Optical diagnosis of the progression and reversal of CCl4-induced liver injury in rodent model using minimally invasive autofluorescence spectroscopy†
Worldwide, liver cancer is the fifth most common cancer in men and seventh most common cancer in women. Intoxicant-induced liver injury is one of the major causes for severe structural damage with fibrosis and functional derangement of the liver leading to cancer in its later stages. This report focuses on the minimally invasive autofluorescence spectroscopic (AFS) studies on intoxicant, carbon tetrachloride (CCl4)-induced liver damage in a rodent model. Different stages of liver damage, including the reversed stage, on stoppage of the intoxicant are examined. Emission from prominent fluorophores, such as collagen, nicotinamide adenine dinucleotide (NADH), and flavin adenine dinucleotide (FAD), and variations in redox ratio have been studied. A direct correlation between the severity of the disease and the levels of collagen and redox ratio was observed. On withdrawal of the intoxicant, a gradual reversal of the disease to normal conditions was observed as indicated by the decrease in collagen levels and redox ratio. Multivariate statistical techniques and principal component analysis followed by linear discriminant analysis (PC-LDA) were used to develop diagnostic algorithms for distinguishing different stages of the liver disease based on spectral features. The PC-LDA modeling on a minimally invasive AFS dataset yielded diagnostic sensitivities of 93%, 87% and 87% and specificities of 90%, 98% and 98% for pairwise classification among normal, fibrosis, cirrhosis and reversal conditions. We conclude that AFS along with PC-LDA algorithm has the potential for rapid and accurate minimally invasive diagnosis and detection of structural changes due to liver injury resulting from various intoxicants.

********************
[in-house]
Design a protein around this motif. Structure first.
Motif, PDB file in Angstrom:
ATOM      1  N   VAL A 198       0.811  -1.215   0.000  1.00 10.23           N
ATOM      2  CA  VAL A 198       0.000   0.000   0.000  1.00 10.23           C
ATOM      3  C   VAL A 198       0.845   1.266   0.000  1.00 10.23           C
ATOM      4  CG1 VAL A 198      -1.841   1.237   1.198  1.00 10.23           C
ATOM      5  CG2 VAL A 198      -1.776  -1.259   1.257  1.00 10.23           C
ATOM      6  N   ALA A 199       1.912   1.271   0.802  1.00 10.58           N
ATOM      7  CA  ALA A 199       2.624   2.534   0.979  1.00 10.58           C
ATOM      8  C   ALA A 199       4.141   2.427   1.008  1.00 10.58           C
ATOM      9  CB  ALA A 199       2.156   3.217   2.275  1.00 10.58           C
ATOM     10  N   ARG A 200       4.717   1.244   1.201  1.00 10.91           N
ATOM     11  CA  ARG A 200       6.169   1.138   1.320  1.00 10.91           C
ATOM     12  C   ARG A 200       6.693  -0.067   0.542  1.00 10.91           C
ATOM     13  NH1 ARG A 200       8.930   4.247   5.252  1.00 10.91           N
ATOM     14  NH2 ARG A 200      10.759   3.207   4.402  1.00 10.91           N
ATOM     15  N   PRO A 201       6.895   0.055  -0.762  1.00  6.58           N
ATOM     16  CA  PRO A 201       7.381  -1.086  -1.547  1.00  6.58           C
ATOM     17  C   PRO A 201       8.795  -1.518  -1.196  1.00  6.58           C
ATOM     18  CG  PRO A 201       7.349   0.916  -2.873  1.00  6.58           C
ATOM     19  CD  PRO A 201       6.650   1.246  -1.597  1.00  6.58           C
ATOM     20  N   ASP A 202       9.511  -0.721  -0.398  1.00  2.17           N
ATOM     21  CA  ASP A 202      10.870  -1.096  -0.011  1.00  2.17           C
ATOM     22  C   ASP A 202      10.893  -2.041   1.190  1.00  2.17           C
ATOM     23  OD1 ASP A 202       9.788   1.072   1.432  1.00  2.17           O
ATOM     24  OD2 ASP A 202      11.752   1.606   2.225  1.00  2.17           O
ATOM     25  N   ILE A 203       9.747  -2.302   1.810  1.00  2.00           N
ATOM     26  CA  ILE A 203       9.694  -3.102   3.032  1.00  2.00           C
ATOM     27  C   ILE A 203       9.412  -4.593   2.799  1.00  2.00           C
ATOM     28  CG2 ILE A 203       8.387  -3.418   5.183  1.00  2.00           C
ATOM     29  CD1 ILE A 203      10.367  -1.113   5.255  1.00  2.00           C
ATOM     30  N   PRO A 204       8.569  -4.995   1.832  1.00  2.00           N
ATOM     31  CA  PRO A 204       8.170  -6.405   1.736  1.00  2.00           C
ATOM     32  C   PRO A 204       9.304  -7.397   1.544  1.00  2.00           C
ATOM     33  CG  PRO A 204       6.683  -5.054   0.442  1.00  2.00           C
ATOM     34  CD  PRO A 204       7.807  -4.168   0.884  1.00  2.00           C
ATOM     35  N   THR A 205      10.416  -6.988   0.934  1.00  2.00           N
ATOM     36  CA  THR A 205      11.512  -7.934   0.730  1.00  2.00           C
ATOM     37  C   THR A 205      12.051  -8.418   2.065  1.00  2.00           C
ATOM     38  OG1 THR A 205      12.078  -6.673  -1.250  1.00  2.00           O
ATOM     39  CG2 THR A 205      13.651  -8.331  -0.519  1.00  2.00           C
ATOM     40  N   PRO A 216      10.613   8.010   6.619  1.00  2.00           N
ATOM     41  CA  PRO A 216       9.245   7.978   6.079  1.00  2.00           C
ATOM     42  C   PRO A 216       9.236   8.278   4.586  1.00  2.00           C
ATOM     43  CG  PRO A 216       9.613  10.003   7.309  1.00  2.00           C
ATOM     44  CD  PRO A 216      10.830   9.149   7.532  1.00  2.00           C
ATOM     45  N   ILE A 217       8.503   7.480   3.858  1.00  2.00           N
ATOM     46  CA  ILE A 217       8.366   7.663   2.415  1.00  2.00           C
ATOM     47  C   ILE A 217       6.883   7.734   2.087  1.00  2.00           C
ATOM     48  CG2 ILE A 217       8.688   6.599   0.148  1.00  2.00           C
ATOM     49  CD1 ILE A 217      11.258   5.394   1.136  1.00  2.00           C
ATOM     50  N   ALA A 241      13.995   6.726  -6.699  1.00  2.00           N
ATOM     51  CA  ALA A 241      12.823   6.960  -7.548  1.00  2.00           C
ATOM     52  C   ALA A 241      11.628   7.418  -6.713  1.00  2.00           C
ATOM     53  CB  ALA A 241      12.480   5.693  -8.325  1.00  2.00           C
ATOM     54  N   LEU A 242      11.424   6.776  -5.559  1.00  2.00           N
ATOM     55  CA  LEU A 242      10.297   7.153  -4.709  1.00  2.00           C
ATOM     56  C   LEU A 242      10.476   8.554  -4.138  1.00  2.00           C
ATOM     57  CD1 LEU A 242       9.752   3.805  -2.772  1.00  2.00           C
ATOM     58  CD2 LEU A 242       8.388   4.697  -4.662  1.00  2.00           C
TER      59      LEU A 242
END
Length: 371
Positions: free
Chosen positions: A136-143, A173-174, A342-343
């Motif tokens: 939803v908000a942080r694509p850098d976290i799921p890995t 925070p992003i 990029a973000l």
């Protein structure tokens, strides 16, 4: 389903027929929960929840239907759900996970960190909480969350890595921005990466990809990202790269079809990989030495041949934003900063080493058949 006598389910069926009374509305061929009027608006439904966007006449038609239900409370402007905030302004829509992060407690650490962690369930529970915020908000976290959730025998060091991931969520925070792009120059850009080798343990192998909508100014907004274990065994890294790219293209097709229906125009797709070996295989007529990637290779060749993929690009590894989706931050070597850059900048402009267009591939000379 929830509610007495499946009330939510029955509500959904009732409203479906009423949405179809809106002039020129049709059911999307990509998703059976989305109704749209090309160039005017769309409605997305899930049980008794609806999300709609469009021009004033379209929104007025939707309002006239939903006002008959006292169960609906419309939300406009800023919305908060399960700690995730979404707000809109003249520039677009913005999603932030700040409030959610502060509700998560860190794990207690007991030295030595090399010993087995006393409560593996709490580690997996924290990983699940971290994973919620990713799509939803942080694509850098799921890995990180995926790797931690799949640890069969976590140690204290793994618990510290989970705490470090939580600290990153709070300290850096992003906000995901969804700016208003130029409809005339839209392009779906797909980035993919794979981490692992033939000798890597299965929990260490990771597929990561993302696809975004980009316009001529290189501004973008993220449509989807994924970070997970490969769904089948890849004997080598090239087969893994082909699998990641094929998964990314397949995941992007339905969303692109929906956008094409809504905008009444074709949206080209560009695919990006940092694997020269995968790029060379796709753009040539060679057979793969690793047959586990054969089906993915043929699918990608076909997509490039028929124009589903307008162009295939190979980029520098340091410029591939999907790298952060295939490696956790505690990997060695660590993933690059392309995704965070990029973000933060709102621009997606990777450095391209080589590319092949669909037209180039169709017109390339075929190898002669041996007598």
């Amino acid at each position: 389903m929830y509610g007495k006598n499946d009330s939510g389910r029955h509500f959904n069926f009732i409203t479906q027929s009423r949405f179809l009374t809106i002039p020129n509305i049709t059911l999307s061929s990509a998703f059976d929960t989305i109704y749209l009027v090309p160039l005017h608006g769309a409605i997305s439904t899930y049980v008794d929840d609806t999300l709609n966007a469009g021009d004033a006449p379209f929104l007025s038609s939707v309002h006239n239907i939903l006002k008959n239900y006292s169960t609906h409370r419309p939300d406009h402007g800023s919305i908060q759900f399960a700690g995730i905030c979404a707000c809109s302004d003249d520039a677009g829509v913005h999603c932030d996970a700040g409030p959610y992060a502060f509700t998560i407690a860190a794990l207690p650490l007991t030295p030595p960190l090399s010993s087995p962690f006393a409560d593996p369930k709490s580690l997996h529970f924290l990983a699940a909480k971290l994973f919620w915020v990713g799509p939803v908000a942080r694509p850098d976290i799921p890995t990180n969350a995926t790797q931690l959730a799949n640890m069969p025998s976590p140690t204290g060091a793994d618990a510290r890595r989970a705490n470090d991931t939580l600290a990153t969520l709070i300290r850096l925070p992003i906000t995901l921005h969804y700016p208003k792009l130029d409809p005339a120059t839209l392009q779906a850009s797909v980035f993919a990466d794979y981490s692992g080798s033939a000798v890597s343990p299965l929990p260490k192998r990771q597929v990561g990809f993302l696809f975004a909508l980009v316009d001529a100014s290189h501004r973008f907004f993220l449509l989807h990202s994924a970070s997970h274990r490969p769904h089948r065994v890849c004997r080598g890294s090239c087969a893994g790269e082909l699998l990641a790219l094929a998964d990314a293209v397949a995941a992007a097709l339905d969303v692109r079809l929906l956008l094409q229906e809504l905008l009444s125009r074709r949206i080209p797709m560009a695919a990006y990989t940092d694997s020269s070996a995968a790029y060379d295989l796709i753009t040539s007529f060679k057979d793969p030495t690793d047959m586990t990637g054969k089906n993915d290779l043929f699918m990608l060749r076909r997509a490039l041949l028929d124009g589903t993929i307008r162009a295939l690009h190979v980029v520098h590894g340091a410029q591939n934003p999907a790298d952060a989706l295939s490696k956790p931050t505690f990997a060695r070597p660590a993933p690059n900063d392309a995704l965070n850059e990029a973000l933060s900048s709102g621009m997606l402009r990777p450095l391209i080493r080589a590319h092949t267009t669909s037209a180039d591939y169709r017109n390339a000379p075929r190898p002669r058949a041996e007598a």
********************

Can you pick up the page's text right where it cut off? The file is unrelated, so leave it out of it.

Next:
- This article is part of the themed collection: In vivo analysis